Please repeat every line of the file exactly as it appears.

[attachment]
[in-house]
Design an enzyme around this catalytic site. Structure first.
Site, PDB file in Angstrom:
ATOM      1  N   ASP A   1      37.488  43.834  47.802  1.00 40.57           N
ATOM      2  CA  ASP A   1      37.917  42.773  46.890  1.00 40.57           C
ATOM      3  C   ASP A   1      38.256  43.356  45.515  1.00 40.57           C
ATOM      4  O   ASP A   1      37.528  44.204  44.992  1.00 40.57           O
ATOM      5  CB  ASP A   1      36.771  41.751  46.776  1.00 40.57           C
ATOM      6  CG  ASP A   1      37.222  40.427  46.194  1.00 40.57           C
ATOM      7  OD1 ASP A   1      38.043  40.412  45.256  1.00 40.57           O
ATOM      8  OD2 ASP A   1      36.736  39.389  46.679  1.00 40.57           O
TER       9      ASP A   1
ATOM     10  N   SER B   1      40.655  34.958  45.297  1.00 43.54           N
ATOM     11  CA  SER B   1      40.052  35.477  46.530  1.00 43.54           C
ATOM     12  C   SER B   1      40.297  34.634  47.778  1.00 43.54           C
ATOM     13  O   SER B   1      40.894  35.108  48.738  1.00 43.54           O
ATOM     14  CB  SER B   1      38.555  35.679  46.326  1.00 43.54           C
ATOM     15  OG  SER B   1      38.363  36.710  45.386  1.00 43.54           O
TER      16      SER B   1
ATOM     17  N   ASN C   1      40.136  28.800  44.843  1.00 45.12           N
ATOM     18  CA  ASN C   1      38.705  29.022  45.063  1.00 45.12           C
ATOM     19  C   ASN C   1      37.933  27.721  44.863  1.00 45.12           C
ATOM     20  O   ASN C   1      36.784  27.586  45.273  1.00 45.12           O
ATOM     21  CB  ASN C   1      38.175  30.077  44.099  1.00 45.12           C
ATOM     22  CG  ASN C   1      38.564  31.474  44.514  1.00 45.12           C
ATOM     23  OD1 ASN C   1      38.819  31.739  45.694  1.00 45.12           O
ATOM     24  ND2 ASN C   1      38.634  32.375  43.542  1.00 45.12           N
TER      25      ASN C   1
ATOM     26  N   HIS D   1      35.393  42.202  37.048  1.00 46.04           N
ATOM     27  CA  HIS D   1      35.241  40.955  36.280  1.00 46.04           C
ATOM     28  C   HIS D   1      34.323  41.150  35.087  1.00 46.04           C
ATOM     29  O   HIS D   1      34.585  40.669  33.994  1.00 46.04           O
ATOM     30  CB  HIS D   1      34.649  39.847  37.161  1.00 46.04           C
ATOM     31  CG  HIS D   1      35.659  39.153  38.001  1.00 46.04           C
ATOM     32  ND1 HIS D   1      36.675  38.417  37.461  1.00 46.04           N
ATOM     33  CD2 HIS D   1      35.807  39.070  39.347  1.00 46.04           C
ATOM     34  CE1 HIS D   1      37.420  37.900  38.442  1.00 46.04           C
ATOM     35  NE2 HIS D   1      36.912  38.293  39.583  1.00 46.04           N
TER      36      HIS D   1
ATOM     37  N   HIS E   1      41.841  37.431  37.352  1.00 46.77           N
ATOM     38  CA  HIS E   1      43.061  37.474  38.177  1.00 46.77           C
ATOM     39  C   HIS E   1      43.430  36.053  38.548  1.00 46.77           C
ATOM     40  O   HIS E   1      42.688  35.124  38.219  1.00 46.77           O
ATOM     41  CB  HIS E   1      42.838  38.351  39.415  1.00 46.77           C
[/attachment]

[in-house]
Design an enzyme around this catalytic site. Structure first.
Site, PDB file in Angstrom:
ATOM      1  N   ASP A   1      37.488  43.834  47.802  1.00 40.57           N
ATOM      2  CA  ASP A   1      37.917  42.773  46.890  1.00 40.57           C
ATOM      3  C   ASP A   1      38.256  43.356  45.515  1.00 40.57           C
ATOM      4  O   ASP A   1      37.528  44.204  44.992  1.00 40.57           O
ATOM      5  CB  ASP A   1      36.771  41.751  46.776  1.00 40.57           C
ATOM      6  CG  ASP A   1      37.222  40.427  46.194  1.00 40.57           C
ATOM      7  OD1 ASP A   1      38.043  40.412  45.256  1.00 40.57           O
ATOM      8  OD2 ASP A   1      36.736  39.389  46.679  1.00 40.57           O
TER       9      ASP A   1
ATOM     10  N   SER B   1      40.655  34.958  45.297  1.00 43.54           N
ATOM     11  CA  SER B   1      40.052  35.477  46.530  1.00 43.54           C
ATOM     12  C   SER B   1      40.297  34.634  47.778  1.00 43.54           C
ATOM     13  O   SER B   1      40.894  35.108  48.738  1.00 43.54           O
ATOM     14  CB  SER B   1      38.555  35.679  46.326  1.00 43.54           C
ATOM     15  OG  SER B   1      38.363  36.710  45.386  1.00 43.54           O
TER      16      SER B   1
ATOM     17  N   ASN C   1      40.136  28.800  44.843  1.00 45.12           N
ATOM     18  CA  ASN C   1      38.705  29.022  45.063  1.00 45.12           C
ATOM     19  C   ASN C   1      37.933  27.721  44.863  1.00 45.12           C
ATOM     20  O   ASN C   1      36.784  27.586  45.273  1.00 45.12           O
ATOM     21  CB  ASN C   1      38.175  30.077  44.099  1.00 45.12           C
ATOM     22  CG  ASN C   1      38.564  31.474  44.514  1.00 45.12           C
ATOM     23  OD1 ASN C   1      38.819  31.739  45.694  1.00 45.12           O
ATOM     24  ND2 ASN C   1      38.634  32.375  43.542  1.00 45.12           N
TER      25      ASN C   1
ATOM     26  N   HIS D   1      35.393  42.202  37.048  1.00 46.04           N
ATOM     27  CA  HIS D   1      35.241  40.955  36.280  1.00 46.04           C
ATOM     28  C   HIS D   1      34.323  41.150  35.087  1.00 46.04           C
ATOM     29  O   HIS D   1      34.585  40.669  33.994  1.00 46.04           O
ATOM     30  CB  HIS D   1      34.649  39.847  37.161  1.00 46.04           C
ATOM     31  CG  HIS D   1      35.659  39.153  38.001  1.00 46.04           C
ATOM     32  ND1 HIS D   1      36.675  38.417  37.461  1.00 46.04           N
ATOM     33  CD2 HIS D   1      35.807  39.070  39.347  1.00 46.04           C
ATOM     34  CE1 HIS D   1      37.420  37.900  38.442  1.00 46.04           C
ATOM     35  NE2 HIS D   1      36.912  38.293  39.583  1.00 46.04           N
TER      36      HIS D   1
ATOM     37  N   HIS E   1      41.841  37.431  37.352  1.00 46.77           N
ATOM     38  CA  HIS E   1      43.061  37.474  38.177  1.00 46.77           C
ATOM     39  C   HIS E   1      43.430  36.053  38.548  1.00 46.77           C
ATOM     40  O   HIS E   1      42.688  35.124  38.219  1.00 46.77           O
ATOM     41  CB  HIS E   1      42.838  38.351  39.415  1.00 46.77           C